This is my last daily commentary for today. And it’s going to be tech again here. I have a bunch of Tech links at the end but the big highlight here is the mobile telecom space.
I keep going on and on about how mobile is where the technology industry is moving. So clearly the access/telecom end of that is going to be important. The T-mobile move to unbundle the handset subsidy from the telecom monthly fee is a bold move forced onto the company by its lack of scale and resulting subscriber losses. Nevertheless, I think this is going to usher in a new period of margin erosion in both the hardware and access markets.
I am a T-mobile customer. So let me tell you about my history as a mobile user in the US. (I have used Vodafone and T-mobile in Europe – in the UK and Germany – for the past 15 years, by the way). I started with Sprint over a decade ago. And they were god-awful. In fact, somehow my phone imprint was duped and someone spoofed my phone to make $300 worth of calls in the first month of service. Sprint’s response was to act like they didn’t care. Going to the Sprint store was a shock because it was like going to the Department of Motor Vehicles – terrible customer service in person and on the phone. I switched within two months.
That got me onto T-Mobile. They were good and had good customer service. And because I travelled back to Europe a lot, I needed GSM. Somehow though I was convinced to switch to Cingular. And I was OK with them. However, they were bought out by the horrendous AT&T, which was another god-awful customer service fiasco. So I mercifully switched back to T-Mobile 5 years ago. And I have been with T-Mo since.
Here’s the problem. T-Mobile’s coverage sucks. I go anywhere out of a major metropolitan area and I get nothing. My wife who has AT&T is fine. My friends on Verizon are fine.I get nothing. About five or six months ago I got fed up with this. And I was also fed up with the lame T-Mobile G2X handset I bought on contract in 2011. I decided to switch to prepaid. I did the research and decided to go with Simple Mobile which simply piggy backs off of T-Mobile’s network and offers a low pre-paid rate. I bought an unlocked Samsung Galaxy S3 from Simple and got ready to switch.
By the time I was ready to move, the Un-carrier thing was on at T-Mo. So they persuaded me to move to a T-Mo prepaid plan that is $45 per month with unlimited voice and data instead of moving to Simple Mobile. And that’s where I am. T-Mo claims they are fixing the network. Let’s just wait and see. Otherwise I am happy. They have good customer service. I get good data speeds and service in urban areas and the price is cheap.
What do I extrapolate from my experience? First, T-Mobile’s network sucks and people are leaving in droves for that reason. The company simply does not have the scale to make the capital investment to have a true nationwide network and that has become a problem. But, if they offer a lower price, people will stay and might even switch to T-Mo, especially if they do try to make upgrades to 4G LTE.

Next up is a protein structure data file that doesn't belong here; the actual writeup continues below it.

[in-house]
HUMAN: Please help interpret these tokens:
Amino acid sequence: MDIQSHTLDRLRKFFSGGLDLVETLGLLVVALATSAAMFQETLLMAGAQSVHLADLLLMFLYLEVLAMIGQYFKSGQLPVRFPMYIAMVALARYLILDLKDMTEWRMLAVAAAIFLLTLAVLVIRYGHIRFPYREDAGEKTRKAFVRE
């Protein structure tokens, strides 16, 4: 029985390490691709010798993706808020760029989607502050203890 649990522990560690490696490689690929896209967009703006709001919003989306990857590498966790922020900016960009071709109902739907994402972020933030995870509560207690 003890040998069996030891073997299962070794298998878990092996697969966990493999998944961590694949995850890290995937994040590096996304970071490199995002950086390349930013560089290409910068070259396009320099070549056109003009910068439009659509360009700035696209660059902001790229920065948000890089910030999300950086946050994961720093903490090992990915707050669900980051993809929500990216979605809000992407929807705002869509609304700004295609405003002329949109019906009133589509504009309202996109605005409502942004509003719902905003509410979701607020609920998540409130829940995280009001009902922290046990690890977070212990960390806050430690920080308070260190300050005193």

What I am seeing, therefore, is a company that has been forced into a corner. They have been forced by circumstance to unbundle their handset subsidy, which most US and European mobile telecom operators, simply tack on to the monthly fee. Basically you get charged $20 extra per month to buy that handset at the cheap price – and that’s why you have to sign a two-year contract or get an early termination fee. What T-Mo has done is give users the ability to see through the pricing and decide how they want to bundle or unbundle the subsidy. Users can get an iPhone at the subsidized rate and get the $20 fee tacked on for the next two years, replicating the pricing of the 2-year fee. Or they can buy the handset full price upfront. The interesting bit is that you can still take your handset with you anywhere else even if you pay on layaway. You’re no longer under contract.
I believe this kind of pricing strategy will erode margins. First, it will cause telecom companies to lose fees, especially as customers lengthen their upgrade cycle. Right now, the contracts lock us into upgrade cycles. But with the new structure, we are able to upgrade whenever we want. And given the price and the amazing speed of new phones, I anticipate the upgrade cycles will lengthen. That will hurt revenue for T-Mo. But it will also hurt revenue elsewhere because I believe this is going to be the beginning of a trend. Once one carrier unbundles, the others will be forced to do so as well. Let’s see how subscriber numbers evolve first. But I believe unbundling is a pandora’s box that will hit all mobile telecom operators.